• Dec 3

    This used to be common, then went away, now is making a comeback. Would you rather deal with a combative, belligerent, paranoid, agitated, seizing DT patient or the hassle of giving someone a drink of whiskey?

  • Dec 3

    This used to be common, then went away, now is making a comeback. Would you rather deal with a combative, belligerent, paranoid, agitated, seizing DT patient or the hassle of giving someone a drink of whiskey?

  • Dec 3

    This used to be common, then went away, now is making a comeback. Would you rather deal with a combative, belligerent, paranoid, agitated, seizing DT patient or the hassle of giving someone a drink of whiskey?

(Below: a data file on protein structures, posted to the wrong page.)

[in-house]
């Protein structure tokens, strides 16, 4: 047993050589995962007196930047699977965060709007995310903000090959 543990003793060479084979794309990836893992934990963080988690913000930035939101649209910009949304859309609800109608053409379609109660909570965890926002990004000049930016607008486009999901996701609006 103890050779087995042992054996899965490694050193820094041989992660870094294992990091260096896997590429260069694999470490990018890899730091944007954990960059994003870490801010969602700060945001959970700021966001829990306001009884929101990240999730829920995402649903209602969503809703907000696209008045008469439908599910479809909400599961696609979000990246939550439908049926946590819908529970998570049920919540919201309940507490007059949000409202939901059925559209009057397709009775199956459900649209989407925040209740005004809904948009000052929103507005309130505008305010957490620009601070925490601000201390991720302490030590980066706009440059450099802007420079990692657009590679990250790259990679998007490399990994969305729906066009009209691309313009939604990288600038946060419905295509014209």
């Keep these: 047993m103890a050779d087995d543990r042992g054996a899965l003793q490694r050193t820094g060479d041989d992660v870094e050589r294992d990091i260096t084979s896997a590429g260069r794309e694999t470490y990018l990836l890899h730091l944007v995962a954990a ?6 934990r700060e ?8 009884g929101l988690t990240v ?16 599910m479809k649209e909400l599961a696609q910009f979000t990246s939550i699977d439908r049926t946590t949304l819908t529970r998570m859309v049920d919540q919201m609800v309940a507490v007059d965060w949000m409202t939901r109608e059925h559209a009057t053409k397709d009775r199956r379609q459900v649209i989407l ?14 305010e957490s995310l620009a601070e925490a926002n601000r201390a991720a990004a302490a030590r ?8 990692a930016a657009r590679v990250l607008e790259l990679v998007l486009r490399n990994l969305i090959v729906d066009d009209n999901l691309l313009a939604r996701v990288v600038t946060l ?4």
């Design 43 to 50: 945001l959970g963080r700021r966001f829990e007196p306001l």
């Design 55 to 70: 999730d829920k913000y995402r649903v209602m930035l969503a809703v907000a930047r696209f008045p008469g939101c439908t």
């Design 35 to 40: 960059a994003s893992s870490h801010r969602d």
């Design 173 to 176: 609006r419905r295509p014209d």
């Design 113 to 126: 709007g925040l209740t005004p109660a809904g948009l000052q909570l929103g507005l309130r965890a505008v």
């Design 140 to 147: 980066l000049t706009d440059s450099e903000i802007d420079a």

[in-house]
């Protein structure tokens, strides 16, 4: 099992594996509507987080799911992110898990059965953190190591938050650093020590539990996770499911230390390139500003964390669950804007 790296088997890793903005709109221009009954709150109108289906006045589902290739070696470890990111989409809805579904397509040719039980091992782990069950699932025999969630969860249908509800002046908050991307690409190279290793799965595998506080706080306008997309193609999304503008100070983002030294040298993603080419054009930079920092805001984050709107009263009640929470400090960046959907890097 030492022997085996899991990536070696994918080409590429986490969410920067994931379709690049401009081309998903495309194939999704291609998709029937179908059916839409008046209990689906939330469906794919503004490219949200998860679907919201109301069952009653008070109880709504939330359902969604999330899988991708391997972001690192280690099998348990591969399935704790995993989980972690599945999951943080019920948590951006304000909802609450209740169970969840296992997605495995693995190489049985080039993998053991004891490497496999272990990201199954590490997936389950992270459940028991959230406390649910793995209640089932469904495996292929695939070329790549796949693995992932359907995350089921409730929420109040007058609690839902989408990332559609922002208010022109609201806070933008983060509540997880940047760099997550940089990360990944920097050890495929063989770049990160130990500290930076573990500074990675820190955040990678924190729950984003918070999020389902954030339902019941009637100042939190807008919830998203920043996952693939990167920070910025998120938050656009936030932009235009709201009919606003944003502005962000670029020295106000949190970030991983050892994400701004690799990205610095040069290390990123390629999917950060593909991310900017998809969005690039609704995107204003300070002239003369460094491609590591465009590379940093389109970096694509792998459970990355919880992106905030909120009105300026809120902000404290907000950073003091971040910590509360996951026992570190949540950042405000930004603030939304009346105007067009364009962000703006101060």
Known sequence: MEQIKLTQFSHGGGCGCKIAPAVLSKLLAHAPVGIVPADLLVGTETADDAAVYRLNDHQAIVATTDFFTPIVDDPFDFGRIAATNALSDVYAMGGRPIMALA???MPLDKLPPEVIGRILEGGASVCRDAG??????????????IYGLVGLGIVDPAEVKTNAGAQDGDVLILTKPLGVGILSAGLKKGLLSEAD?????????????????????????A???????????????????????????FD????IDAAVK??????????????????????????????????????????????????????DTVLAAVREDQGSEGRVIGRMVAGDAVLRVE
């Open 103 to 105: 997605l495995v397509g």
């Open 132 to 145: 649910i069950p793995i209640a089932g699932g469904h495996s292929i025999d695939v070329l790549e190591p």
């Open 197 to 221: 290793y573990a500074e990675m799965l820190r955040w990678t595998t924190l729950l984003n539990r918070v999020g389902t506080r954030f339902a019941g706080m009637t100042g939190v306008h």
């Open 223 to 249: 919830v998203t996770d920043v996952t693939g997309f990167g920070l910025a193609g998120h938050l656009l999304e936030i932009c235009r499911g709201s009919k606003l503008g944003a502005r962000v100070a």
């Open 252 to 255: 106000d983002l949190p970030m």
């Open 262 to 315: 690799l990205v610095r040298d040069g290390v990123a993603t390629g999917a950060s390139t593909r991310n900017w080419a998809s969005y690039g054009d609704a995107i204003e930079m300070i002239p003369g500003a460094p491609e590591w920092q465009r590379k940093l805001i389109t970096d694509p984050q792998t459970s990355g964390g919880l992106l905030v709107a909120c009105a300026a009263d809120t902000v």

• Dec 3

    This used to be common, then went away, now is making a comeback. Would you rather deal with a combative, belligerent, paranoid, agitated, seizing DT patient or the hassle of giving someone a drink of whiskey?

  • Dec 3

    This used to be common, then went away, now is making a comeback. Would you rather deal with a combative, belligerent, paranoid, agitated, seizing DT patient or the hassle of giving someone a drink of whiskey?

  • Dec 3

    This used to be common, then went away, now is making a comeback. Would you rather deal with a combative, belligerent, paranoid, agitated, seizing DT patient or the hassle of giving someone a drink of whiskey?

  • Dec 3

    This used to be common, then went away, now is making a comeback. Would you rather deal with a combative, belligerent, paranoid, agitated, seizing DT patient or the hassle of giving someone a drink of whiskey?


close